★★★★★ / ★★★☆☆ / Mexican

Peyote vs Breddo’s Tacos review – Mayfair Mexican miracle or middling muddle?

Mayfair poshos vs market stall wanderers

Breddo’s Tacos was one of the very few Mexican eateries that I managed to miss during my recent round-up of London’s burrito and taco eateries. I finally got off my arse and tasted the market stall’s wares (also currently available at The Player), while also trying the Mexican food from an altogether very different eatery – Mayfair restaurant Peyote. This therefore isn’t a traditional ‘vs’ review as the two are very different indeed, but it was still fascinating to see two contrasting approaches to Mexican food.

Peyote dinner

A lot of Mexican restaurants have awful kitschy decor, but the downstairs dining room at Peyote couldn’t be more different. The muted, inoffensive beige tones is livened up only by a crystal-studded skull motif on one of the walls and the colourful weaved baskets used to contain nachos and the bill. Sitting at the ‘ceviche bar’ gives you the best view of the house – that of the u-shaped kitchen staffed by at least eight Spanish speaking chefs. The black-uniformed waiters were friendly, informative and efficient, although I didn’t know where to look when it came to the receptionists’ plunging necklines.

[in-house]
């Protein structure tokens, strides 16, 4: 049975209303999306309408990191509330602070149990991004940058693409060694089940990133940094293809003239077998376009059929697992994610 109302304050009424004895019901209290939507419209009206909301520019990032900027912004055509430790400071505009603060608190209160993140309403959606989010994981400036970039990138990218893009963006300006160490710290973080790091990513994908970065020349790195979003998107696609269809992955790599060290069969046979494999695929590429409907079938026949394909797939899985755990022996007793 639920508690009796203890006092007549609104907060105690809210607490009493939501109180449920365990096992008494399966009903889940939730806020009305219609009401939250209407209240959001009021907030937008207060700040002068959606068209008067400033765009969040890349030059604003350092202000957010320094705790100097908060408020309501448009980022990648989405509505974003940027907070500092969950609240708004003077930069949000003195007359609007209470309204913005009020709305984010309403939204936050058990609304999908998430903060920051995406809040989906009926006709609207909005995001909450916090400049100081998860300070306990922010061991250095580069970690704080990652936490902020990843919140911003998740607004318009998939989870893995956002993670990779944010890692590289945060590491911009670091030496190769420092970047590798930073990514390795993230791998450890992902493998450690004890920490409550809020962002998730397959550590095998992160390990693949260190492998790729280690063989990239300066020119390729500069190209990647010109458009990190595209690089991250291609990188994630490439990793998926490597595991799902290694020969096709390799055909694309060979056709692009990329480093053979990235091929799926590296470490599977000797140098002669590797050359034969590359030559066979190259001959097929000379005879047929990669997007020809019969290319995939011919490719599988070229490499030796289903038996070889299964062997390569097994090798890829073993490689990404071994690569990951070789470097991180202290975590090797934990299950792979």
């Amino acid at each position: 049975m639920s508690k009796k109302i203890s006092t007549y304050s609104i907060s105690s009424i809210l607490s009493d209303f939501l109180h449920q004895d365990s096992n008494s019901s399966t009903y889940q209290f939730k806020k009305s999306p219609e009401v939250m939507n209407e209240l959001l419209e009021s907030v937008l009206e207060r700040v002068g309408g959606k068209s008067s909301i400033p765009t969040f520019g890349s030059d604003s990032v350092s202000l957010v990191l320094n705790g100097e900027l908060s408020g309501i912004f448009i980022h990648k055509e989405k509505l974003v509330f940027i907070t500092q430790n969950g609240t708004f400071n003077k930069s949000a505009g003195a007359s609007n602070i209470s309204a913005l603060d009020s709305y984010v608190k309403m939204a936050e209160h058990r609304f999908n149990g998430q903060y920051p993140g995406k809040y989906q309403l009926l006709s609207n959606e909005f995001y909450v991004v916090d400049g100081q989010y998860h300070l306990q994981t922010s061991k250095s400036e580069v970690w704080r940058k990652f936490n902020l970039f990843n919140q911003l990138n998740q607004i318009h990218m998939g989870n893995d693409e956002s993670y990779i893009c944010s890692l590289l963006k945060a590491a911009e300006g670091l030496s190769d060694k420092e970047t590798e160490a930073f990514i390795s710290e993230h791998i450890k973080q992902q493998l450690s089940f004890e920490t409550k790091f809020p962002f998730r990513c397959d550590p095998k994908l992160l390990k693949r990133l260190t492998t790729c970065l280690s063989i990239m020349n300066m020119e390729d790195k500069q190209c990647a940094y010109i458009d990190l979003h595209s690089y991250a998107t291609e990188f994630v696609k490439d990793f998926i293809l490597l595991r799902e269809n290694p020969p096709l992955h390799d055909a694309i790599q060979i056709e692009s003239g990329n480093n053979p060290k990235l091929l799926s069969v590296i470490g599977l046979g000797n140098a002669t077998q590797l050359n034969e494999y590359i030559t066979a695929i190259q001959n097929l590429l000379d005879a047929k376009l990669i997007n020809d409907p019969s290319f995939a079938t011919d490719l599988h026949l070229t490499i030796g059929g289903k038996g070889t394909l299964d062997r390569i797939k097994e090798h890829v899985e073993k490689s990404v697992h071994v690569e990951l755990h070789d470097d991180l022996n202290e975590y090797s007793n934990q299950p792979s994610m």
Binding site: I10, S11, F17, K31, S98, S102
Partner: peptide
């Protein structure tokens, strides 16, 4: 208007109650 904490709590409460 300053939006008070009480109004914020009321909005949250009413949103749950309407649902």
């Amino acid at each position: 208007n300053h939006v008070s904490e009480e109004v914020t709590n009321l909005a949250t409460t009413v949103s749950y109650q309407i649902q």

Despite the relatively high prices and moneyed Mayfair location, the menu at Peyote is surprisingly traditional consisting mostly of tacos, tostadas, ceviches and quesadillas as well as ‘laminados’ – a vaguely South American and contemporary take on sashimi as far as I can tell.

Although tender, the small bitty pieces of flesh in the lobster ceviche made it hard to appreciate the crustacean’s texture. The small pieces of cactus and the light and fruity orange-ish brine did little to improve matters. If it wasn’t for the moreish salsa served on the side, possibly made from a mixture of tomatoes and turtle beans, this dish would have been utterly forgettable.